Olson’s work in this show is mostly from the 1980s. Gallery owner Bruce Kalkowski says the paintings have a lush and magical feel, and they suggest Portuguese influences mixed with the Old Masters.
“The Visitation” features “satyrs from Rubens, and they have a real mythological look,” Olson says. “They also look a little naughty with twinkles in their eyes and a girl lying prone on the bed in the background, giving the piece a Bacchanalian tinge. The painting deals with issues of fear, innocence, cunning and dominance.”
Notes from Saturday evening’s glamorous “Trashique 2018,” in which an aircraft hanger at the Fresno airport was transformed into a shimmering creative oasis. (Except that an oasis brings to mind a desert, while this year’s show, thanks to Mother Nature, was closer in terms of topography to Arctic tundra):
My favorite piece:Kristine Doiel’s tribute to mid-century designers Charles and Ray Eames. This power couple is best known for their contributions to mid-century American architecture, furniture design, industrial design and manufacturing. Doiel’s creation, modeled with a strutting certainty by Katerina Guerrero, offered a whimsical tribute to the Eames’ artistic vision.
The materials: Doiel used plastic mattress packaging, milk containers, mesh vegetable bags, food packing boxes, magazine pages, leather and fabric upholstery swatches, rubber, rope, packing foam and cardboard boxes. She fashioned a stunning dress boasting a cheerful grid of colors and textures, along with a wide-brimmed “hat” that suggested a giant Eames wedding-cake topper — it also made me think of an immobile mobile — complete with full-sized light bulbs. (Guerrero, the model, told me that it was actually quite easy to wear.)
“Acero Picado” will be unveiled in a Monday ceremony
The City of Fresno will officially unveil its newest piece of public art in a ceremony at Mariposa Plaza at noon Monday, Feb. 26. Here are five things to know about “Acero Picado,” a beautiful addition to the downtown arts scene:
“Acero Picado” consists of three designs, each consisting of two parts. The larger pieces are 10 feet by feet. The smaller pieces are 3 feet by 8 feet. Each piece is made of inch-thick steel that has been waterjet cut in very intricate patterns, then powder-coated with distinctive colors. Benches are part of the design.
The artist is a big deal.
Gordon Huether, a Napa sculptor, has created public art installations for universities, hospitals, recreation centers, civic buildings, libraries, museums, airports, transportation centers, parking garages, and private corporations throughout the world, according to his bio. In his biggest project to date, he’s working with the Salt Lake City International Airport Department of Airports in designing, fabricating and installing multi-million dollar installations for its Terminal Redevelopment Program, which will be completed in 2020.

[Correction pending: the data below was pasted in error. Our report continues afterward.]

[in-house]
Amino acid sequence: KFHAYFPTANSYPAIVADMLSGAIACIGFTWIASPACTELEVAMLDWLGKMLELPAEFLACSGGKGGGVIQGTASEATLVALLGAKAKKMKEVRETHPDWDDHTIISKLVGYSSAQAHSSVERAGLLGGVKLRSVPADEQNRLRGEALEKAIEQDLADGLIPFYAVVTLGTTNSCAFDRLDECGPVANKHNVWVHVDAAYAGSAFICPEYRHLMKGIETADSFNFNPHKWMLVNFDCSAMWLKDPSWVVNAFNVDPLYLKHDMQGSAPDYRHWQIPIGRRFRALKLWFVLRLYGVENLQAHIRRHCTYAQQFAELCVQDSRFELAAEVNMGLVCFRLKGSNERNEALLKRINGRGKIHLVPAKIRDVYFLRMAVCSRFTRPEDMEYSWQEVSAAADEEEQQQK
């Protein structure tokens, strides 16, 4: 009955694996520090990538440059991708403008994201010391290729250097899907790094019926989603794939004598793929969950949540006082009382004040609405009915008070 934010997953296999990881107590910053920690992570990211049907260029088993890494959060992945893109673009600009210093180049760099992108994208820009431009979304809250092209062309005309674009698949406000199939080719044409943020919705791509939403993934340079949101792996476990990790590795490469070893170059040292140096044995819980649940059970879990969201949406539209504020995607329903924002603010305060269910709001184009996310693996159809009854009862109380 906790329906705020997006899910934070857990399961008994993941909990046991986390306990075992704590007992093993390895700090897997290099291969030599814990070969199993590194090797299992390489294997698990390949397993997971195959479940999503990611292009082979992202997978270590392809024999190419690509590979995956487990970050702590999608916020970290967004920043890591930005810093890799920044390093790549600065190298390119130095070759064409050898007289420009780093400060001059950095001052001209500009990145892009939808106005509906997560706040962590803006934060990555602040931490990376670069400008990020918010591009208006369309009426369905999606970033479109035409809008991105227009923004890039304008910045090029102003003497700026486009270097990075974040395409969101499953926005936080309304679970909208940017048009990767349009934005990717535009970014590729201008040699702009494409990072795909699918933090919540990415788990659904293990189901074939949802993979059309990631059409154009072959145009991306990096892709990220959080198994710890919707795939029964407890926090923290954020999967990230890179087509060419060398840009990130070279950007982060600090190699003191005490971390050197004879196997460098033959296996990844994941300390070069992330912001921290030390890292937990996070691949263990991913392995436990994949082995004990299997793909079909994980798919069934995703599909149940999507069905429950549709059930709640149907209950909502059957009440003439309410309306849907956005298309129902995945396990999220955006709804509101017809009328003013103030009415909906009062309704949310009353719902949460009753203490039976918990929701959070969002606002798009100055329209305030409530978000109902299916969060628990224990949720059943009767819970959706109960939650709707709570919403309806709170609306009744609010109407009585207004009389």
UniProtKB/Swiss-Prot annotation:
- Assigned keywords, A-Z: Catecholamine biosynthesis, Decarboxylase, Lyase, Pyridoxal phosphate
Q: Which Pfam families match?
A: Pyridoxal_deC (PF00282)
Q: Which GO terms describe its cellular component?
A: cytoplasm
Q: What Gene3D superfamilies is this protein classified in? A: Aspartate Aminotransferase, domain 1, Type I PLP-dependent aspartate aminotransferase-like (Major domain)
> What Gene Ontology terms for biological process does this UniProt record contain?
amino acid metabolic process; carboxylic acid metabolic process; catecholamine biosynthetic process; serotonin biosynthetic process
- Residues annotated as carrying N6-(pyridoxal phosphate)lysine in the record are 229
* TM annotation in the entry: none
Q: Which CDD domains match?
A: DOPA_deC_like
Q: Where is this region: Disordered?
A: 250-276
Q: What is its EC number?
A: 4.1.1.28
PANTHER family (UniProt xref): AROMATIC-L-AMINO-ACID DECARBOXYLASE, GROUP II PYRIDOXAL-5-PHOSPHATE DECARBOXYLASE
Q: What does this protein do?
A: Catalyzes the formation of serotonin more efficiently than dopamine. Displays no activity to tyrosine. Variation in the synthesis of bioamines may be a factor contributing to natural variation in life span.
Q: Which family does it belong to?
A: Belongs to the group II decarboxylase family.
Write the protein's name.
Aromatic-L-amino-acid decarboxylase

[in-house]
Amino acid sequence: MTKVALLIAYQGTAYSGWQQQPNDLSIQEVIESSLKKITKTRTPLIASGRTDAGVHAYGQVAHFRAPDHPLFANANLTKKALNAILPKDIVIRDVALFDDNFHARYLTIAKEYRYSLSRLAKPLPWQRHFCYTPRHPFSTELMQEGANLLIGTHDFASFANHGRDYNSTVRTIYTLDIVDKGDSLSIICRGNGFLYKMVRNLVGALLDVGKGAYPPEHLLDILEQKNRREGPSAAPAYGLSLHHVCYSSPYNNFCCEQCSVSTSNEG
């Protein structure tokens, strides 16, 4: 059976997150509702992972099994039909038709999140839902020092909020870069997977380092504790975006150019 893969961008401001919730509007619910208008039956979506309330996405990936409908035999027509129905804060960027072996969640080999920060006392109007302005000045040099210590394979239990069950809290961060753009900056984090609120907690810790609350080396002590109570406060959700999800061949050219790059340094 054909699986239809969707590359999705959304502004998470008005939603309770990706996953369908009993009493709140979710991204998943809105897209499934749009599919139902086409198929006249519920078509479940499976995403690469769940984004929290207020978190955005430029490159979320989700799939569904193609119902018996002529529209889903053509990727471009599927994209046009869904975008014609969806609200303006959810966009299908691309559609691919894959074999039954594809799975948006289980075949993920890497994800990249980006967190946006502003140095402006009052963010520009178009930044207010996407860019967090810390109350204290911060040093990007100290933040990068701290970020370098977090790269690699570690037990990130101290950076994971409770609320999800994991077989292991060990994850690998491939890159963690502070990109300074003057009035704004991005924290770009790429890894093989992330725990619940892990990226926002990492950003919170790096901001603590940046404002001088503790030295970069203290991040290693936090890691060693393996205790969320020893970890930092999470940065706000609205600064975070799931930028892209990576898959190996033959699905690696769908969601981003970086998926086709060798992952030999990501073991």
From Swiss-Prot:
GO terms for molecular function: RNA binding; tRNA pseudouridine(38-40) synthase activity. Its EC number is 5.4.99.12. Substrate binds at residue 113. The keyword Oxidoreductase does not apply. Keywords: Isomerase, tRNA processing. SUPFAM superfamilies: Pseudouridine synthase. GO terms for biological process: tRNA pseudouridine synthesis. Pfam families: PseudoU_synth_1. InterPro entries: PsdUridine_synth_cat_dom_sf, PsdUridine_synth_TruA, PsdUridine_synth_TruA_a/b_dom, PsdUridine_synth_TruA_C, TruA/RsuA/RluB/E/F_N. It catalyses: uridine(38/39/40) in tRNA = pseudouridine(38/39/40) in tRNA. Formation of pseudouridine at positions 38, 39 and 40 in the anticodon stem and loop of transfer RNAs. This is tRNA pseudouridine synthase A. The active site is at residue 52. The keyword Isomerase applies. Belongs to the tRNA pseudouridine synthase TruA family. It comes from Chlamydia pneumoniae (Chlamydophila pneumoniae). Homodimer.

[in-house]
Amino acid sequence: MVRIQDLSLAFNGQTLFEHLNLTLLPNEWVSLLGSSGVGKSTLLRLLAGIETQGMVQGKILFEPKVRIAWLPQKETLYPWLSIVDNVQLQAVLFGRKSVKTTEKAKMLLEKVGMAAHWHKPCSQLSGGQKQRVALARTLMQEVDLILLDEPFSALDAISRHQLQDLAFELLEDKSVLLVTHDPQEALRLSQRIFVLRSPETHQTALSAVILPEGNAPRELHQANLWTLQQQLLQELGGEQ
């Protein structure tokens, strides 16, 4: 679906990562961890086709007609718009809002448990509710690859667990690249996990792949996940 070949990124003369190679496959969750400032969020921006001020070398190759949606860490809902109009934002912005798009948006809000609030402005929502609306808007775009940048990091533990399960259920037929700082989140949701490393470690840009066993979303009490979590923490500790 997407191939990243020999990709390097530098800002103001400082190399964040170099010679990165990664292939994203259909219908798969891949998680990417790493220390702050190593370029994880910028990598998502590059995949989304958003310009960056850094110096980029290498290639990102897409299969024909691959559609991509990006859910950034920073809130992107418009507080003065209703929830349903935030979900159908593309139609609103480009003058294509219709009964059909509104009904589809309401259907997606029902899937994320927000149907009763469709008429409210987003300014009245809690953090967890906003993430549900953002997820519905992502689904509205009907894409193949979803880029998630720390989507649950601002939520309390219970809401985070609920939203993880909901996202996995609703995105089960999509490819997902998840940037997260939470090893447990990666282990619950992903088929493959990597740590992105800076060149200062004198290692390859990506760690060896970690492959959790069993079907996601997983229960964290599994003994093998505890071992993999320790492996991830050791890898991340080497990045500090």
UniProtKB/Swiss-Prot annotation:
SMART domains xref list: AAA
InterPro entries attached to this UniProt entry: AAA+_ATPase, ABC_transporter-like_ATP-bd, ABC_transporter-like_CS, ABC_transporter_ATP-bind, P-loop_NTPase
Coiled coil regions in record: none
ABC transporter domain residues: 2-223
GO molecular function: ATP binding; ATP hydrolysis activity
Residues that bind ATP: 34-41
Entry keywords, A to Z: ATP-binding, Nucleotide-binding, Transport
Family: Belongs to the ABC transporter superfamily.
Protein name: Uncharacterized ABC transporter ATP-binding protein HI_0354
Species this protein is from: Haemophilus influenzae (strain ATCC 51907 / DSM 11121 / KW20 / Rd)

Pattie Wilkinson expands her artistic horizons with her take on Duchamp’s ‘Bicycle Wheel.’ Plus: You can win a pair of tickets to one of the biggest social events of the year
UPDATE: Our lucky winner is Adrienne Lucero. She gets two tickets to tonight’s “Trashique.”
ORIGINAL POST: Pattie Wilkinson didn’t think she had much in common with Marcel Duchamp when she picked him as her inspiration artist for “Trashique 2018,” the swanky Fresno Art Museum fundraiser that has emerged in recent years as a clever juxtaposition of fashion show, art history lesson, dazzling social event and recycling pep rally.
Wilkinson, who has had a long career designing trade-show displays and as a consultant in the arts and crafts industry — and is an experienced crafter herself — grew up learning to make practical things such as clothes and Christmas gifts. (She came from a family of modest means.) Duchamp, on the other hand, the famed French painter and sculptor, is known for his contributions to Cubism and his groundbreaking contributions to conceptual art. One of his best known pieces involved taking a commonplace urinal, titling it “Fountain” and in 1917 submitting it to an art exhibition. It was a moment that rocked the art world.
Win two tickets to “Trashique 2018,” which for the first year is being held in an airplane hanger. To enter this giveaway, leave a comment on this post telling us the most surprising thing you ever found in the trash. (Or, if you don’t have a good Dumpster Diver story, just tell us why you want to go.) Deadline to enter is 5 p.m. Thursday, Feb. 22.
But thanks to “Trashique,” an event featuring glamorous (if not always practical) fashions made from recycled materials, the always-up-for-a-challenge Wilkinson found herself paired with none other than the “urinal guy.”